A Little Preparation Allows a Gardener to Vacation

      Last year the pandemic inspired many people to plant their first vegetable garden.  This year, people may feel able to take a vacation but are wondering how to leave for a period of time without coming home to find zucchini the size of watermelon, broccoli and lettuce gone to seed, and weeds overgrowing everything.

      First, remove peas, lettuce, radishes and spinach and other salad greens from the garden.  A short hot spell will render them worthless anyway.  As soon as you return home you can use the space to plant beans, carrots or late cabbage.

      Next, pick all the blossoms from beans, zucchini and cucumbers.  While you are gone, the plants will be revitalized and produce more blossoms and will deliver a crop just as large later when you are home to gather the harvest.

      If tomatoes are starting to ripen, pick them and wrap them in newspaper.  Store them in the refrigerator. Take them out to ripen on the windowsill when you return.  If left on the plant, they will become overripe and slow the development of younger fruit.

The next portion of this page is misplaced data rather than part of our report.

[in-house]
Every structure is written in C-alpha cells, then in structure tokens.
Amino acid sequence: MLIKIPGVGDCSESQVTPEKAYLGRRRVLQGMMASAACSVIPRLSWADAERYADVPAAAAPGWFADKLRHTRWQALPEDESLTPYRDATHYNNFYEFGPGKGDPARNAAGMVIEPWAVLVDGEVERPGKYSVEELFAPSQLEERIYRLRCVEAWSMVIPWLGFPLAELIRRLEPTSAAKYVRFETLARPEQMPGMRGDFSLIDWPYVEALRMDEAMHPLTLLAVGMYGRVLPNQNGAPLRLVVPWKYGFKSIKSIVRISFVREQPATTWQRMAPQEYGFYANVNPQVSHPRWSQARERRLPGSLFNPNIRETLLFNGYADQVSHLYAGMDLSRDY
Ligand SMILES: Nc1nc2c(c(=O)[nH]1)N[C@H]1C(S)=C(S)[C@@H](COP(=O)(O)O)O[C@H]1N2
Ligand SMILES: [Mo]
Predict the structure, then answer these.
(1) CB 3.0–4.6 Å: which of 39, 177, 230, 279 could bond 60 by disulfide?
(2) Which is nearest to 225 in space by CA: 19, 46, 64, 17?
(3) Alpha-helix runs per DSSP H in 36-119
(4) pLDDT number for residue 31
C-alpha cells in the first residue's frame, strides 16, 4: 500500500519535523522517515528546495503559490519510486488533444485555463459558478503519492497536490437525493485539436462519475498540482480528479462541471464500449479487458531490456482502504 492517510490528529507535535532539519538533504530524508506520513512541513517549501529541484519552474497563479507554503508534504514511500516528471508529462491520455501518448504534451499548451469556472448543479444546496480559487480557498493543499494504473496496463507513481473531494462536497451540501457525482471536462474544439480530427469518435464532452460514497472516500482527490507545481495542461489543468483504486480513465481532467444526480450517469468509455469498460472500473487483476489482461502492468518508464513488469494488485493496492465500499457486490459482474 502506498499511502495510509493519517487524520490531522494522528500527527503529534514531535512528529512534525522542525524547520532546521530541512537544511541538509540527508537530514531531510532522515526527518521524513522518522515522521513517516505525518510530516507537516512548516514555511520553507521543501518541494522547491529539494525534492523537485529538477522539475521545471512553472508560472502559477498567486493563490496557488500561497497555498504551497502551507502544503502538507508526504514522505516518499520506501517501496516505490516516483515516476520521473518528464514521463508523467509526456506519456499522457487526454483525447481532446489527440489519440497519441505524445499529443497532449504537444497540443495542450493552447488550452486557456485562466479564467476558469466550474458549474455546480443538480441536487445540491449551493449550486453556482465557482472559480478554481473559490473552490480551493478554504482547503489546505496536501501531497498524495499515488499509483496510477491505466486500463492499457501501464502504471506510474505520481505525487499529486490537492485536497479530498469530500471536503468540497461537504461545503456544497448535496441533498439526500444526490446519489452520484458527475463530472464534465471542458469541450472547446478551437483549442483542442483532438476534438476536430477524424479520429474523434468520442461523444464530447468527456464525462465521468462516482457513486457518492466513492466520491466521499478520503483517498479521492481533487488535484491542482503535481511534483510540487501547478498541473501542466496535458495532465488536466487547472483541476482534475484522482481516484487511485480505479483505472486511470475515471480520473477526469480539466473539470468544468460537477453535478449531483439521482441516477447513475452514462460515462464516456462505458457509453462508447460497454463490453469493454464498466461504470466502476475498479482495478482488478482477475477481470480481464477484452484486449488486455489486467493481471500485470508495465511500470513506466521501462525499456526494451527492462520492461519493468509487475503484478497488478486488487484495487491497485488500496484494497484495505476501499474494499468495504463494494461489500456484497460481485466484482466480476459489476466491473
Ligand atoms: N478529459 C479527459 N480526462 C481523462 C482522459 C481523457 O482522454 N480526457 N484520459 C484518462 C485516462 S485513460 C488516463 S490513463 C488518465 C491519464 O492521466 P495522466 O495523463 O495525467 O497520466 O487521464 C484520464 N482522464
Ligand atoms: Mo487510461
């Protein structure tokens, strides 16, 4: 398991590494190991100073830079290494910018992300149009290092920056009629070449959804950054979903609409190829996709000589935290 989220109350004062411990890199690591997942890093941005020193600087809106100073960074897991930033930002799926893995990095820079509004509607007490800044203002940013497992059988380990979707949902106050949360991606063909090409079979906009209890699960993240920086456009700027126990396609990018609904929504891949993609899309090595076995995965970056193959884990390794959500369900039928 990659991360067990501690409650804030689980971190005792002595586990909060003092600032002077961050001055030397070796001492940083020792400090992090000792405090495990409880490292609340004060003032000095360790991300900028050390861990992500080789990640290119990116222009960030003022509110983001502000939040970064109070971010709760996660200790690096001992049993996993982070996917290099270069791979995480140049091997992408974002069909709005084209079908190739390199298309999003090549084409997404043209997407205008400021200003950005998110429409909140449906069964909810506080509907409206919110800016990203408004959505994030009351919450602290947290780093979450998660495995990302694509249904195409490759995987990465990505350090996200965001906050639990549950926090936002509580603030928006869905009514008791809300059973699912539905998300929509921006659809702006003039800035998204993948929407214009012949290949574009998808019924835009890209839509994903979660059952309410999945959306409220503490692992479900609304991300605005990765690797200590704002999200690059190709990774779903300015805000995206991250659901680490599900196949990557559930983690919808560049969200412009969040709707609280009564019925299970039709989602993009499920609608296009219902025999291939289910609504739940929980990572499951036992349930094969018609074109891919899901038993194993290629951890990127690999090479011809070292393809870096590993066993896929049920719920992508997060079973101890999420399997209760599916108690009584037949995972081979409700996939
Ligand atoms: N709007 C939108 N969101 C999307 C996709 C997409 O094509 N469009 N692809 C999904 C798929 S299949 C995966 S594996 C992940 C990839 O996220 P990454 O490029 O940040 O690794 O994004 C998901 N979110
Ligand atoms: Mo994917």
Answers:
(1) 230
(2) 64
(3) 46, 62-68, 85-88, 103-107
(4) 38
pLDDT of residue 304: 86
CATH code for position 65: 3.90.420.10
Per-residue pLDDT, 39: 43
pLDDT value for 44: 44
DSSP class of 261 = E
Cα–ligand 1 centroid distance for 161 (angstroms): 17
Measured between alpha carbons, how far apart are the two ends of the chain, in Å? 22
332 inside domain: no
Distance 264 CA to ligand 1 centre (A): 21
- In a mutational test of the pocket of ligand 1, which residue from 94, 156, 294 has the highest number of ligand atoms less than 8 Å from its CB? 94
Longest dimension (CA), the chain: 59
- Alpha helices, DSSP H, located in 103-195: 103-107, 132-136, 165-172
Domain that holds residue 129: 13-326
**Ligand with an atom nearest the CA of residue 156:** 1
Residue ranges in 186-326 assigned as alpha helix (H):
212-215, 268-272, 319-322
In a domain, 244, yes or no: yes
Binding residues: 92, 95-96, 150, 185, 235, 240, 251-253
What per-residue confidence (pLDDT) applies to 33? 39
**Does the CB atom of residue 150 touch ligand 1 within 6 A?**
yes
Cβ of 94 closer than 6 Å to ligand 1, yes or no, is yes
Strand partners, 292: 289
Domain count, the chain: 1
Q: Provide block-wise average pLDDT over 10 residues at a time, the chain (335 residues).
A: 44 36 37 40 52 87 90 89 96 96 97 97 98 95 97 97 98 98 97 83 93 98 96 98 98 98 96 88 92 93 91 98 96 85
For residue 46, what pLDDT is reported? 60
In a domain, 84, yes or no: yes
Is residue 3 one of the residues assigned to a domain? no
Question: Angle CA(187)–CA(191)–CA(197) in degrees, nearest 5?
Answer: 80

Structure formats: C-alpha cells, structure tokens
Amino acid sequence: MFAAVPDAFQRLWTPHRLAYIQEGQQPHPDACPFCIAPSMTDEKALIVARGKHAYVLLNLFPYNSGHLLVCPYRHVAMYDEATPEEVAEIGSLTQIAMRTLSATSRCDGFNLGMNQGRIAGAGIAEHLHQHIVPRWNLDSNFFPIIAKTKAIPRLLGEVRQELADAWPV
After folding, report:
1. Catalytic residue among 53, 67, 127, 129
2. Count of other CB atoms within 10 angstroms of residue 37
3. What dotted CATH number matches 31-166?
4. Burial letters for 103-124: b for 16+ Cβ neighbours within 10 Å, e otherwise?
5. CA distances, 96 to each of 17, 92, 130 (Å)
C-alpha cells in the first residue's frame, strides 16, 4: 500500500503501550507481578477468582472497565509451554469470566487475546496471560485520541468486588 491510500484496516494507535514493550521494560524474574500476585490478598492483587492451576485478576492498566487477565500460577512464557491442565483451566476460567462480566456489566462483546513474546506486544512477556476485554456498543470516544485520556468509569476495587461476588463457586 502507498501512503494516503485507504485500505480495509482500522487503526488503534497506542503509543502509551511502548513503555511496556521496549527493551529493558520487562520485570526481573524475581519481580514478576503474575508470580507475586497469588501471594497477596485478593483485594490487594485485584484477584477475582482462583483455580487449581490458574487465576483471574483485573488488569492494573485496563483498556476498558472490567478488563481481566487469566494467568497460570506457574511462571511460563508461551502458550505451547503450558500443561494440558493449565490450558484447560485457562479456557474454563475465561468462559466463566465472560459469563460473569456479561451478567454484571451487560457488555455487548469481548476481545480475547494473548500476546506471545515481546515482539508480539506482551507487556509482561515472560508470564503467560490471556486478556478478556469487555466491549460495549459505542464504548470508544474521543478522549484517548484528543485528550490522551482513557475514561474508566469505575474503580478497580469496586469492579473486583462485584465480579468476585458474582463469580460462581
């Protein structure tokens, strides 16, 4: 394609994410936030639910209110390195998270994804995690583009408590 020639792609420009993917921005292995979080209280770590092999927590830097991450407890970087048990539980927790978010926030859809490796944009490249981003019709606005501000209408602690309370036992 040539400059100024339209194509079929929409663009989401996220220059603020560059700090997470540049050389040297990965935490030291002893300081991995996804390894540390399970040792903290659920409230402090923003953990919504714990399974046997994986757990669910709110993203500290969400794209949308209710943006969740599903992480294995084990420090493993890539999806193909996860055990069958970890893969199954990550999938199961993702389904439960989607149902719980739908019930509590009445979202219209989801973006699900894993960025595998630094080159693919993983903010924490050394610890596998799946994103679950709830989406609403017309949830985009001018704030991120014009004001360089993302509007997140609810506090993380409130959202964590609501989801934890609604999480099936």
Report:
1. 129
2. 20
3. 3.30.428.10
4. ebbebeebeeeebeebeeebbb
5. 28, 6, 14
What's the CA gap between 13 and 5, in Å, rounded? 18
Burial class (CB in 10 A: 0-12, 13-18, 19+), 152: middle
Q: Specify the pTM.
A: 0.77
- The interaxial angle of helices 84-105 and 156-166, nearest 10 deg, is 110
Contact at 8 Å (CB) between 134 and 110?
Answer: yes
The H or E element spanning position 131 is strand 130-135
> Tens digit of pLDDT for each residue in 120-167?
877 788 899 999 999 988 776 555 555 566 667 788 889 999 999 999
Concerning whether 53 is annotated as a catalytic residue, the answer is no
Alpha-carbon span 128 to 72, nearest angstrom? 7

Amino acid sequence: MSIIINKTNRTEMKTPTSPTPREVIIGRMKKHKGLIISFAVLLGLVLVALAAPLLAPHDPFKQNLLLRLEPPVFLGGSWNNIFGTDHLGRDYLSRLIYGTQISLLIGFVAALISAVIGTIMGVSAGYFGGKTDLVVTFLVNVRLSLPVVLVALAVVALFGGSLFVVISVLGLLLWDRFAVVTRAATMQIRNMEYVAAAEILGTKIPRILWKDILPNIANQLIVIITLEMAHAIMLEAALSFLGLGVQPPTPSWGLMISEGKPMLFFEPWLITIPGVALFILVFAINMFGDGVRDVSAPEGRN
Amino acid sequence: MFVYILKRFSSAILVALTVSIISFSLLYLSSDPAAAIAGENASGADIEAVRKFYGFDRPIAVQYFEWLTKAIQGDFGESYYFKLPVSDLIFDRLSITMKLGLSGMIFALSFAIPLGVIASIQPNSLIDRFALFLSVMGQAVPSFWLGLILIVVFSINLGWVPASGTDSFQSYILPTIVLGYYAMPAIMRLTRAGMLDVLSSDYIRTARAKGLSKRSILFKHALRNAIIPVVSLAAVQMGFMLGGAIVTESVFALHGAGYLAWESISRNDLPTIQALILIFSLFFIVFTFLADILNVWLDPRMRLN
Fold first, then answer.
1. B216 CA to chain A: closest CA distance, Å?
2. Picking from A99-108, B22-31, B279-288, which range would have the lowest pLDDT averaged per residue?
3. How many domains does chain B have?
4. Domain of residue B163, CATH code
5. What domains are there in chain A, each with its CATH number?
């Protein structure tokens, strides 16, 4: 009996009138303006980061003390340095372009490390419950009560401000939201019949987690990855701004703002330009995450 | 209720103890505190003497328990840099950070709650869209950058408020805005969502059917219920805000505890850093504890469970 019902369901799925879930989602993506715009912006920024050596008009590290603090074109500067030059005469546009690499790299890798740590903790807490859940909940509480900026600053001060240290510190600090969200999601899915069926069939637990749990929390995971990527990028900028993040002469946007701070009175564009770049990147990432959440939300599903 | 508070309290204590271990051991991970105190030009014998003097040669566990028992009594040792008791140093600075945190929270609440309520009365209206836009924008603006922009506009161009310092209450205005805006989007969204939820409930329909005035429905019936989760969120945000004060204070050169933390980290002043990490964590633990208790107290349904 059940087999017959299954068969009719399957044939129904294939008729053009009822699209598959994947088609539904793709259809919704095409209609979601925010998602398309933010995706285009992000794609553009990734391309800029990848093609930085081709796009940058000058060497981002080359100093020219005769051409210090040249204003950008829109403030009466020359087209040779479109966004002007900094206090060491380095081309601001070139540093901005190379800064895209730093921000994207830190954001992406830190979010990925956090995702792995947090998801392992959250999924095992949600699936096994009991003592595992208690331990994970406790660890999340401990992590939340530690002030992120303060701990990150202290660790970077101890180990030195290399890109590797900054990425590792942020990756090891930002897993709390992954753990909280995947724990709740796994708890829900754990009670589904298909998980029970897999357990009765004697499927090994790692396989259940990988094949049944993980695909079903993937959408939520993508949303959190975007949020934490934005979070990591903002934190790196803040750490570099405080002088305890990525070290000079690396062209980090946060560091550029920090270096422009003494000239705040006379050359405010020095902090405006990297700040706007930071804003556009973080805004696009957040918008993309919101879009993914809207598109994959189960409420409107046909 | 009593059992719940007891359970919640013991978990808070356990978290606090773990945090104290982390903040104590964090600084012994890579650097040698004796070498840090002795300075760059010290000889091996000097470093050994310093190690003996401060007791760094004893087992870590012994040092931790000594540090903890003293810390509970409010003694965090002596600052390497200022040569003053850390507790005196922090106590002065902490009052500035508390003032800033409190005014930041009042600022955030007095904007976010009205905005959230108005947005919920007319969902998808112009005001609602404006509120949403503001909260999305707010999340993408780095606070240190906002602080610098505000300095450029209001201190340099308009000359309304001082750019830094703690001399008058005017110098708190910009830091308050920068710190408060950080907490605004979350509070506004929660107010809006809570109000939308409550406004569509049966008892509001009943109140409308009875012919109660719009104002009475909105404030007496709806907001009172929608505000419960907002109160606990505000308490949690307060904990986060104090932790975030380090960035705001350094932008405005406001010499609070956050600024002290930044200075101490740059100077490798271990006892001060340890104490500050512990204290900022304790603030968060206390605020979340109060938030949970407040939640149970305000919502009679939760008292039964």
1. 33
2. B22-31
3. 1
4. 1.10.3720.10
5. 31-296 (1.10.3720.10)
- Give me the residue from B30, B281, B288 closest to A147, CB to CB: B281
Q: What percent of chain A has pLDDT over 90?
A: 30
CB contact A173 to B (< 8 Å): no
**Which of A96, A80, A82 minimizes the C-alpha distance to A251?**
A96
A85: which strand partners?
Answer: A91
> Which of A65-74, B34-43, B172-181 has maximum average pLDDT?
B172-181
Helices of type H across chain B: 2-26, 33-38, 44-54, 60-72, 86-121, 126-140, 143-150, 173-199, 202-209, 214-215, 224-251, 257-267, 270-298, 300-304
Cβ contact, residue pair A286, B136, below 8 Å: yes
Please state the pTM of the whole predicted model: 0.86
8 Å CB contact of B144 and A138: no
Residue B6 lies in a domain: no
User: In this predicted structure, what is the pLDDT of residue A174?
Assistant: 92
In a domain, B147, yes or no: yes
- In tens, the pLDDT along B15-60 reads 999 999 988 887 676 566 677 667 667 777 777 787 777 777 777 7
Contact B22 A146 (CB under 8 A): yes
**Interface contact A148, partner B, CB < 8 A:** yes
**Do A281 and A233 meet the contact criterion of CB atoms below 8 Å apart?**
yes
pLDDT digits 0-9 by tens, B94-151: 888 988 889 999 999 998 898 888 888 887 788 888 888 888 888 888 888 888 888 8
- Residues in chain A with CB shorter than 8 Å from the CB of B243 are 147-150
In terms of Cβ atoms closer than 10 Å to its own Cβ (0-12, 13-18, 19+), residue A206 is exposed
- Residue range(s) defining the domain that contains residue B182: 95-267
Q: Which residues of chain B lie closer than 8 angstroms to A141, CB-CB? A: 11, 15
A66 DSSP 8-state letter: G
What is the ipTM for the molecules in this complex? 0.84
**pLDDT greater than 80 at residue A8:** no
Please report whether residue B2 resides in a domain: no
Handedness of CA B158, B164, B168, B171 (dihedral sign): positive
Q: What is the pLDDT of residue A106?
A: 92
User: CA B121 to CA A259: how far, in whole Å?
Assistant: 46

If there are heads, even small ones, on broccoli and cauliflower, cut them off and freeze them for later use.  Broccoli will form lateral heads that will be ready when you return from vacation.  If you leave the main head on the plant, it may go into full blossom while you’re gone, leaving the plant totally worthless.

      Don’t worry about root crops such as onions, potatoes, carrots and turnips.  The exception is spring beets which may bolt to seed, ruining the texture of the root.  Beets should be pulled and stored in the refrigerator.

      Go through the garden and remove any plants or plant parts that look diseased.  Plant diseases can spread quickly and by removing affected leaves and stems you lessen the possibility of coming home to a catastrophe.

      Remove all weeds.  Ha!  You knew that one was coming, didn’t you?  Do a good job, pulling up the entire weed, roots and all.  Then mulch the garden, covering any area where there is bare soil.  For this you can use grass clippings, pine needles, hay, straw or a purchased mulch.

      Finally, unless it just rained, water thoroughly before you leave, soaking the soil with more than the normal amount of water.  If you have been mulching all along, you might not have to water at all.

      Many of the same methods can be used to keep your flower gardens happy while you’re gone.  Weeding, deadheading and a thorough watering are a must.  Container plants should be moved to the coolest spot you can find in full shade and out of the wind.

      Of course, the best plan is to have a good neighbor, friend or family member take over while you’re away.  If you allow them to keep all the produce they harvest while you are gone, they’ll be happy to help out.

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